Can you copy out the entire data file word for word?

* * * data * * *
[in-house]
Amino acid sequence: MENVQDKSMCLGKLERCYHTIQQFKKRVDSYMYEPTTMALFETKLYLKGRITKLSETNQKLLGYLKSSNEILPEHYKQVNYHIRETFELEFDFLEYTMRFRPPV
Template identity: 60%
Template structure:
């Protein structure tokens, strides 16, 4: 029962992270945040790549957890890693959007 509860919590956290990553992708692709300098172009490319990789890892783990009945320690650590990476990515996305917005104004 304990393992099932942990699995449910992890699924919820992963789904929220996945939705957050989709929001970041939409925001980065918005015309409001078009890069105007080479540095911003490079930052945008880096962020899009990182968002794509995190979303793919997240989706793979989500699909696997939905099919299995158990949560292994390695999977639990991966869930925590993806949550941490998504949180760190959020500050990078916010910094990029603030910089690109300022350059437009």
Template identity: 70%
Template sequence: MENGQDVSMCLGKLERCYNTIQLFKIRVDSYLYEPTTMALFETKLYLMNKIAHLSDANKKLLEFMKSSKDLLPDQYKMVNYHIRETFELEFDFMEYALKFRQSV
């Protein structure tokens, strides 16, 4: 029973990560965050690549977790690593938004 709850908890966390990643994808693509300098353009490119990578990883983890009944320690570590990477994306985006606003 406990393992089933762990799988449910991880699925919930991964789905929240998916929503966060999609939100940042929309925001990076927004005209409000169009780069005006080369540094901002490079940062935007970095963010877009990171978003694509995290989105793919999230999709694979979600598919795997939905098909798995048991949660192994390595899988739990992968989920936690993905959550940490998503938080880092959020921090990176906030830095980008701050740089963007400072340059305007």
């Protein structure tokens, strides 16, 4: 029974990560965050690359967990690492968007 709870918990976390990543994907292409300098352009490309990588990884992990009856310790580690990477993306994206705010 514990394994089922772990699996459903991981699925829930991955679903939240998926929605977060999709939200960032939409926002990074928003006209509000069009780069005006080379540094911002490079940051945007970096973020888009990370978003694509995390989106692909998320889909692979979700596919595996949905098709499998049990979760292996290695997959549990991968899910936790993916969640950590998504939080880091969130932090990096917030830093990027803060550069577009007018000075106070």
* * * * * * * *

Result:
[in-house]
Amino acid sequence: MENVQDKSMCLGKLERCYHTIQQFKKRVDSYMYEPTTMALFETKLYLKGRITKLSETNQKLLGYLKSSNEILPEHYKQVNYHIRETFELEFDFLEYTMRFRPPV
Template identity: 60%
Template structure:
């Protein structure tokens, strides 16, 4: 029962992270945040790549957890890693959007 509860919590956290990553992708692709300098172009490319990789890892783990009945320690650590990476990515996305917005104004 304990393992099932942990699995449910992890699924919820992963789904929220996945939705957050989709929001970041939409925001980065918005015309409001078009890069105007080479540095911003490079930052945008880096962020899009990182968002794509995190979303793919997240989706793979989500699909696997939905099919299995158990949560292994390695999977639990991966869930925590993806949550941490998504949180760190959020500050990078916010910094990029603030910089690109300022350059437009």
Template identity: 70%
Template sequence: MENGQDVSMCLGKLERCYNTIQLFKIRVDSYLYEPTTMALFETKLYLMNKIAHLSDANKKLLEFMKSSKDLLPDQYKMVNYHIRETFELEFDFMEYALKFRQSV
């Protein structure tokens, strides 16, 4: 029973990560965050690549977790690593938004 709850908890966390990643994808693509300098353009490119990578990883983890009944320690570590990477994306985006606003 406990393992089933762990799988449910991880699925919930991964789905929240998916929503966060999609939100940042929309925001990076927004005209409000169009780069005006080369540094901002490079940062935007970095963010877009990171978003694509995290989105793919999230999709694979979600598919795997939905098909798995048991949660192994390595899988739990992968989920936690993905959550940490998503938080880092959020921090990176906030830095980008701050740089963007400072340059305007």
């Protein structure tokens, strides 16, 4: 029974990560965050690359967990690492968007 709870918990976390990543994907292409300098352009490309990588990884992990009856310790580690990477993306994206705010 514990394994089922772990699996459903991981699925829930991955679903939240998926929605977060999709939200960032939409926002990074928003006209509000069009780069005006080379540094911002490079940051945007970096973020888009990370978003694509995390989106692909998320889909692979979700596919595996949905098709499998049990979760292996290695997959549990991968899910936790993916969640950590998504939080880091969130932090990096917030830093990027803060550069577009007018000075106070």